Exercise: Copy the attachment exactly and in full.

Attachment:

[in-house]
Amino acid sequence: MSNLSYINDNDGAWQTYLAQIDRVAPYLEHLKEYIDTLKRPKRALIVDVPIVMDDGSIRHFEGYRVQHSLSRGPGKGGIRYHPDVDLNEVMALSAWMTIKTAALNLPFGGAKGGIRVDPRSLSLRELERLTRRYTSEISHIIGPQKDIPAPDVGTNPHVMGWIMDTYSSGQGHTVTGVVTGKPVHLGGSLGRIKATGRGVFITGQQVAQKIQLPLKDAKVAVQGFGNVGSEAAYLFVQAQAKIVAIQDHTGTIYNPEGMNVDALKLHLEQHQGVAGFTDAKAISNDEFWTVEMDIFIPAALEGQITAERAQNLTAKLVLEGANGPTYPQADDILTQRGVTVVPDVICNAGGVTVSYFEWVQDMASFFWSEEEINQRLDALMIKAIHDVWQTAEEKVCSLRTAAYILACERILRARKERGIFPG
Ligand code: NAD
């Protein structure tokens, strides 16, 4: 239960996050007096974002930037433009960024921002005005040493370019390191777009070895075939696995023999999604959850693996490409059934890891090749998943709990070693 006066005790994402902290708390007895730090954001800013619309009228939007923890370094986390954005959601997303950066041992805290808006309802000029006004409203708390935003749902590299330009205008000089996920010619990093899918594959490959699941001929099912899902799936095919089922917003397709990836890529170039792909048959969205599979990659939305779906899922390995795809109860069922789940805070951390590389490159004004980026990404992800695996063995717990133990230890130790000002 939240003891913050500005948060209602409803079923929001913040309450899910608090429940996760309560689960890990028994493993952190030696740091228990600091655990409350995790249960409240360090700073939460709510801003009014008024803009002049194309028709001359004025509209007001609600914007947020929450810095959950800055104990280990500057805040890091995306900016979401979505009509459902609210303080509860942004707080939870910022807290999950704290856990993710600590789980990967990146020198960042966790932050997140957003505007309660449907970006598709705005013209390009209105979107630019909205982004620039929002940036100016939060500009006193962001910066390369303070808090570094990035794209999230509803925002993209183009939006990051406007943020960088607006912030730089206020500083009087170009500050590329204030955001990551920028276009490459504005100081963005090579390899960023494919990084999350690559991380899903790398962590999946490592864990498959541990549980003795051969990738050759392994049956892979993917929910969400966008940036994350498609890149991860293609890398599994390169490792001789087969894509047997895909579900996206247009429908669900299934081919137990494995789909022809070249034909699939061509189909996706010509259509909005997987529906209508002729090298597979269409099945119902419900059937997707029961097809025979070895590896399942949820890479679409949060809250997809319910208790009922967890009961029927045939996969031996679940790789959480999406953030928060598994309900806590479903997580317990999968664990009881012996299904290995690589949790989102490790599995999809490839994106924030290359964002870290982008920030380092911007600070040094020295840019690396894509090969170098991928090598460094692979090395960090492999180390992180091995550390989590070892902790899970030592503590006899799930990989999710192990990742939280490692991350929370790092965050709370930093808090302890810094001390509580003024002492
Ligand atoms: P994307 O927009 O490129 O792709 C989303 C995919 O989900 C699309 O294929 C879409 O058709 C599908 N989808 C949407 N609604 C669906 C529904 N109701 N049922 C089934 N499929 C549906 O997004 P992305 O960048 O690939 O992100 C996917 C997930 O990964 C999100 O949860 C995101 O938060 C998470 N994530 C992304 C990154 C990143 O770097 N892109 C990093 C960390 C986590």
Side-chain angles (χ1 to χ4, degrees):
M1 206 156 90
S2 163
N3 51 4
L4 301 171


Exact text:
[in-house]
Amino acid sequence: MSNLSYINDNDGAWQTYLAQIDRVAPYLEHLKEYIDTLKRPKRALIVDVPIVMDDGSIRHFEGYRVQHSLSRGPGKGGIRYHPDVDLNEVMALSAWMTIKTAALNLPFGGAKGGIRVDPRSLSLRELERLTRRYTSEISHIIGPQKDIPAPDVGTNPHVMGWIMDTYSSGQGHTVTGVVTGKPVHLGGSLGRIKATGRGVFITGQQVAQKIQLPLKDAKVAVQGFGNVGSEAAYLFVQAQAKIVAIQDHTGTIYNPEGMNVDALKLHLEQHQGVAGFTDAKAISNDEFWTVEMDIFIPAALEGQITAERAQNLTAKLVLEGANGPTYPQADDILTQRGVTVVPDVICNAGGVTVSYFEWVQDMASFFWSEEEINQRLDALMIKAIHDVWQTAEEKVCSLRTAAYILACERILRARKERGIFPG
Ligand code: NAD
């Protein structure tokens, strides 16, 4: 239960996050007096974002930037433009960024921002005005040493370019390191777009070895075939696995023999999604959850693996490409059934890891090749998943709990070693 006066005790994402902290708390007895730090954001800013619309009228939007923890370094986390954005959601997303950066041992805290808006309802000029006004409203708390935003749902590299330009205008000089996920010619990093899918594959490959699941001929099912899902799936095919089922917003397709990836890529170039792909048959969205599979990659939305779906899922390995795809109860069922789940805070951390590389490159004004980026990404992800695996063995717990133990230890130790000002 939240003891913050500005948060209602409803079923929001913040309450899910608090429940996760309560689960890990028994493993952190030696740091228990600091655990409350995790249960409240360090700073939460709510801003009014008024803009002049194309028709001359004025509209007001609600914007947020929450810095959950800055104990280990500057805040890091995306900016979401979505009509459902609210303080509860942004707080939870910022807290999950704290856990993710600590789980990967990146020198960042966790932050997140957003505007309660449907970006598709705005013209390009209105979107630019909205982004620039929002940036100016939060500009006193962001910066390369303070808090570094990035794209999230509803925002993209183009939006990051406007943020960088607006912030730089206020500083009087170009500050590329204030955001990551920028276009490459504005100081963005090579390899960023494919990084999350690559991380899903790398962590999946490592864990498959541990549980003795051969990738050759392994049956892979993917929910969400966008940036994350498609890149991860293609890398599994390169490792001789087969894509047997895909579900996206247009429908669900299934081919137990494995789909022809070249034909699939061509189909996706010509259509909005997987529906209508002729090298597979269409099945119902419900059937997707029961097809025979070895590896399942949820890479679409949060809250997809319910208790009922967890009961029927045939996969031996679940790789959480999406953030928060598994309900806590479903997580317990999968664990009881012996299904290995690589949790989102490790599995999809490839994106924030290359964002870290982008920030380092911007600070040094020295840019690396894509090969170098991928090598460094692979090395960090492999180390992180091995550390989590070892902790899970030592503590006899799930990989999710192990990742939280490692991350929370790092965050709370930093808090302890810094001390509580003024002492
Ligand atoms: P994307 O927009 O490129 O792709 C989303 C995919 O989900 C699309 O294929 C879409 O058709 C599908 N989808 C949407 N609604 C669906 C529904 N109701 N049922 C089934 N499929 C549906 O997004 P992305 O960048 O690939 O992100 C996917 C997930 O990964 C999100 O949860 C995101 O938060 C998470 N994530 C992304 C990154 C990143 O770097 N892109 C990093 C960390 C986590």
Side-chain angles (χ1 to χ4, degrees):
M1 206 156 90
S2 163
N3 51 4
L4 301 171